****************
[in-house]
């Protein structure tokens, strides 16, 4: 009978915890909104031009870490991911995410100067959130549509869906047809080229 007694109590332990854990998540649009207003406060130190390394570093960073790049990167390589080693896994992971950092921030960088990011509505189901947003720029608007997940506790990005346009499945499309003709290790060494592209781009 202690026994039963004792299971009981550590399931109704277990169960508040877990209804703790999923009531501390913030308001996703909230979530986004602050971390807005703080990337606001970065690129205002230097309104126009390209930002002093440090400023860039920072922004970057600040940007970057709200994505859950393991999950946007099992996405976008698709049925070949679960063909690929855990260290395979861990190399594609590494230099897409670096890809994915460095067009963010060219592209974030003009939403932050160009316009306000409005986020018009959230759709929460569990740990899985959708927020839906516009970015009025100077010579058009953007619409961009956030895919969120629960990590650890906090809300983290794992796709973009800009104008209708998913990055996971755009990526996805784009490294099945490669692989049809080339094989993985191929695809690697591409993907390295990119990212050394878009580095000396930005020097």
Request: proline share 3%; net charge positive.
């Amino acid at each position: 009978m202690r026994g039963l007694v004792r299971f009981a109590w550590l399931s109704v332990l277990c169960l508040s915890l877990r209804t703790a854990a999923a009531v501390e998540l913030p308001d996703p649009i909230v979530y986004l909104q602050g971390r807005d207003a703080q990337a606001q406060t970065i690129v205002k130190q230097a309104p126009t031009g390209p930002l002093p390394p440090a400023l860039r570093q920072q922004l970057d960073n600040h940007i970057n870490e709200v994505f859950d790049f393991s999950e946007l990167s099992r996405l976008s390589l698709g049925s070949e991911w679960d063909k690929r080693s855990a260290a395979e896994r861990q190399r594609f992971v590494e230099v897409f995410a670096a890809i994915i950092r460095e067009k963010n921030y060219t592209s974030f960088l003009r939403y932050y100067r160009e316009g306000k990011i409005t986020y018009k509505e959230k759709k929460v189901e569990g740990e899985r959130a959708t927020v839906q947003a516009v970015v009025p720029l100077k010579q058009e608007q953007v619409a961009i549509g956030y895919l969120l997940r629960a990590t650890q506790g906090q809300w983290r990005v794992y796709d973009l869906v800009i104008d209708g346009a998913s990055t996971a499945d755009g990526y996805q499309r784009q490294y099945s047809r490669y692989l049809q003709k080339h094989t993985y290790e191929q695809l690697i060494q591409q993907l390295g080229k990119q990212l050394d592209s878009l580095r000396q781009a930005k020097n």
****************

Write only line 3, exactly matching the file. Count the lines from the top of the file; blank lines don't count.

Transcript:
Request: proline share 3%; net charge positive.